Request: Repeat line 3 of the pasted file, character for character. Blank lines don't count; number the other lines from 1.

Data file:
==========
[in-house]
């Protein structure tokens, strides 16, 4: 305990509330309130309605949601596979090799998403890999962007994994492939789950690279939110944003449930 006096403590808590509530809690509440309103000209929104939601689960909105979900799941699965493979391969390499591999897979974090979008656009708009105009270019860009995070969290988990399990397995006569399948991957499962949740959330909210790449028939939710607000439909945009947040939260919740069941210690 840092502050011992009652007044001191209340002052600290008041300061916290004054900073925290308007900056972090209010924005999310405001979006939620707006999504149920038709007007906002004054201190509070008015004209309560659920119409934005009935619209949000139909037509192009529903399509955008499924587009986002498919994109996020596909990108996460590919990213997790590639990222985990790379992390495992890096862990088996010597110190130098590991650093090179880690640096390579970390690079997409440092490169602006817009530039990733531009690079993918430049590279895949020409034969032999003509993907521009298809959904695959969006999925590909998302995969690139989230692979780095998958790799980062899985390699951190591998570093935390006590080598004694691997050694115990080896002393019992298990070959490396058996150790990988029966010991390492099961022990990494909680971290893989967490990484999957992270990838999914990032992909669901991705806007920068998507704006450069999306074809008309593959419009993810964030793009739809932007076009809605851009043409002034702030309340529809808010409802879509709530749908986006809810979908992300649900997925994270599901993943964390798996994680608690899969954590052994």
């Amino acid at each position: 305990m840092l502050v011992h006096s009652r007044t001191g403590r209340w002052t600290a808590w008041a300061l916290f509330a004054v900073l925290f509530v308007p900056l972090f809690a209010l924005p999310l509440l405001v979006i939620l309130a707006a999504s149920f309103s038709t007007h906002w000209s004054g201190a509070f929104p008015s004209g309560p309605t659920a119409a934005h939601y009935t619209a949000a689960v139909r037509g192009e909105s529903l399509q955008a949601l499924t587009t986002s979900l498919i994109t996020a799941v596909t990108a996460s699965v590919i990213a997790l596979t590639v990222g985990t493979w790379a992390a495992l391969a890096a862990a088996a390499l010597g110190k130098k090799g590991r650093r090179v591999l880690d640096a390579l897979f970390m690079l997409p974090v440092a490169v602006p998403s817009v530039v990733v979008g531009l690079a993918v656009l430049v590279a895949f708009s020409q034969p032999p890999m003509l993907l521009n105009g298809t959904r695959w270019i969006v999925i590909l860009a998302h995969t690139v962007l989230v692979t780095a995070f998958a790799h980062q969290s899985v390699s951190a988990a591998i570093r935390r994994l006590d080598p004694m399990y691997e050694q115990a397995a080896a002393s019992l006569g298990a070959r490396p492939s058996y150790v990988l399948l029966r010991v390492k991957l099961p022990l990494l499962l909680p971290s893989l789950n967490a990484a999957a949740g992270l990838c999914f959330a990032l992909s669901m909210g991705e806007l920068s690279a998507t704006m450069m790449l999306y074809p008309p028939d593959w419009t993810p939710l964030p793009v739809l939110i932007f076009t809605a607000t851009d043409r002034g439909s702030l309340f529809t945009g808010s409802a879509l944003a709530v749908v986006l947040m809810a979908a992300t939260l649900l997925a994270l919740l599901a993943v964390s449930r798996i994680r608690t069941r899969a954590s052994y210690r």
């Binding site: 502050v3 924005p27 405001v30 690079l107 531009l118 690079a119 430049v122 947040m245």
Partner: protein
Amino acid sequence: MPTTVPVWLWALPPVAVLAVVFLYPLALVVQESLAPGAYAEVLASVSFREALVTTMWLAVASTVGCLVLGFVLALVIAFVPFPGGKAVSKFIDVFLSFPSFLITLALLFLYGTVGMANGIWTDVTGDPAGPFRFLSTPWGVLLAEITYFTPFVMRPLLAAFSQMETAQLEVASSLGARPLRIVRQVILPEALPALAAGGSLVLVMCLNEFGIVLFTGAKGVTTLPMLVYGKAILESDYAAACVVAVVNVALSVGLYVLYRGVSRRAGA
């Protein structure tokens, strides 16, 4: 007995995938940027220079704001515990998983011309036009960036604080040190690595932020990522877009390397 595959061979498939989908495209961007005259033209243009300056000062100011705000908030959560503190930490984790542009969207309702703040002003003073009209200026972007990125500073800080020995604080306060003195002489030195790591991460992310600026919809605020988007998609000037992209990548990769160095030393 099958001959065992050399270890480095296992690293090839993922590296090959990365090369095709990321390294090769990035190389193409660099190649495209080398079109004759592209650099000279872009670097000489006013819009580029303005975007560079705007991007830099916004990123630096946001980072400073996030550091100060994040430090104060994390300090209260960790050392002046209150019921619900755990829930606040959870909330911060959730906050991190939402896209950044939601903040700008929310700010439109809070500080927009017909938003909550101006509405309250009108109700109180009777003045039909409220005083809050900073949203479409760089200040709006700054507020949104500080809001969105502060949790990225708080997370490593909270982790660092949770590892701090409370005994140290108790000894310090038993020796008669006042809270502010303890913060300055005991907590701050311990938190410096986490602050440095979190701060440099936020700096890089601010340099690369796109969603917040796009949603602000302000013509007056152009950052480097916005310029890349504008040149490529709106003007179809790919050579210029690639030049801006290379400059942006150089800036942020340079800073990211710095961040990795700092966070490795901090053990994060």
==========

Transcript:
């Amino acid at each position: 305990m840092l502050v011992h006096s009652r007044t001191g403590r209340w002052t600290a808590w008041a300061l916290f509330a004054v900073l925290f509530v308007p900056l972090f809690a209010l924005p999310l509440l405001v979006i939620l309130a707006a999504s149920f309103s038709t007007h906002w000209s004054g201190a509070f929104p008015s004209g309560p309605t659920a119409a934005h939601y009935t619209a949000a689960v139909r037509g192009e909105s529903l399509q955008a949601l499924t587009t986002s979900l498919i994109t996020a799941v596909t990108a996460s699965v590919i990213a997790l596979t590639v990222g985990t493979w790379a992390a495992l391969a890096a862990a088996a390499l010597g110190k130098k090799g590991r650093r090179v591999l880690d640096a390579l897979f970390m690079l997409p974090v440092a490169v602006p998403s817009v530039v990733v979008g531009l690079a993918v656009l430049v590279a895949f708009s020409q034969p032999p890999m003509l993907l521009n105009g298809t959904r695959w270019i969006v999925i590909l860009a998302h995969t690139v962007l989230v692979t780095a995070f998958a790799h980062q969290s899985v390699s951190a988990a591998i570093r935390r994994l006590d080598p004694m399990y691997e050694q115990a397995a080896a002393s019992l006569g298990a070959r490396p492939s058996y150790v990988l399948l029966r010991v390492k991957l099961p022990l990494l499962l909680p971290s893989l789950n967490a990484a999957a949740g992270l990838c999914f959330a990032l992909s669901m909210g991705e806007l920068s690279a998507t704006m450069m790449l999306y074809p008309p028939d593959w419009t993810p939710l964030p793009v739809l939110i932007f076009t809605a607000t851009d043409r002034g439909s702030l309340f529809t945009g808010s409802a879509l944003a709530v749908v986006l947040m809810a979908a992300t939260l649900l997925a994270l919740l599901a993943v964390s449930r798996i994680r608690t069941r899969a954590s052994y210690r």